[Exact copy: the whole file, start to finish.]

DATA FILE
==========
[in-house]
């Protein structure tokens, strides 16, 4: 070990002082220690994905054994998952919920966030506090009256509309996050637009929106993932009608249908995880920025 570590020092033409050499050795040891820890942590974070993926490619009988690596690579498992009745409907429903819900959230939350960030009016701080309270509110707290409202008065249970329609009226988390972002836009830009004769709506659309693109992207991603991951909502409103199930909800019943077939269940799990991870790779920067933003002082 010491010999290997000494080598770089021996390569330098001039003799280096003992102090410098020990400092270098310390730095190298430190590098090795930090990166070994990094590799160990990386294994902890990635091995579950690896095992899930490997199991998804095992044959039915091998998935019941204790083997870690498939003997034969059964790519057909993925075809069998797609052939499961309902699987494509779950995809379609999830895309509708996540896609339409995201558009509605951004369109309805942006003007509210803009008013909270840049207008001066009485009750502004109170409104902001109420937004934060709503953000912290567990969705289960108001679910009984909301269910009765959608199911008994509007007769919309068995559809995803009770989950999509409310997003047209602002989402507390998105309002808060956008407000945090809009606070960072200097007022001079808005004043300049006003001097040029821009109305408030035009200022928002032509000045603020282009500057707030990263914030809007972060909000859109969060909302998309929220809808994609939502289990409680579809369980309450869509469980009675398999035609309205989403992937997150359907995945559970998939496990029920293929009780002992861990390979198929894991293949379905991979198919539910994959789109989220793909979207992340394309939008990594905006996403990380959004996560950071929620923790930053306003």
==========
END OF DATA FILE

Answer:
[in-house]
């Protein structure tokens, strides 16, 4: 070990002082220690994905054994998952919920966030506090009256509309996050637009929106993932009608249908995880920025 570590020092033409050499050795040891820890942590974070993926490619009988690596690579498992009745409907429903819900959230939350960030009016701080309270509110707290409202008065249970329609009226988390972002836009830009004769709506659309693109992207991603991951909502409103199930909800019943077939269940799990991870790779920067933003002082 010491010999290997000494080598770089021996390569330098001039003799280096003992102090410098020990400092270098310390730095190298430190590098090795930090990166070994990094590799160990990386294994902890990635091995579950690896095992899930490997199991998804095992044959039915091998998935019941204790083997870690498939003997034969059964790519057909993925075809069998797609052939499961309902699987494509779950995809379609999830895309509708996540896609339409995201558009509605951004369109309805942006003007509210803009008013909270840049207008001066009485009750502004109170409104902001109420937004934060709503953000912290567990969705289960108001679910009984909301269910009765959608199911008994509007007769919309068995559809995803009770989950999509409310997003047209602002989402507390998105309002808060956008407000945090809009606070960072200097007022001079808005004043300049006003001097040029821009109305408030035009200022928002032509000045603020282009500057707030990263914030809007972060909000859109969060909302998309929220809808994609939502289990409680579809369980309450869509469980009675398999035609309205989403992937997150359907995945559970998939496990029920293929009780002992861990390979198929894991293949379905991979198919539910994959789109989220793909979207992340394309939008990594905006996403990380959004996560950071929620923790930053306003």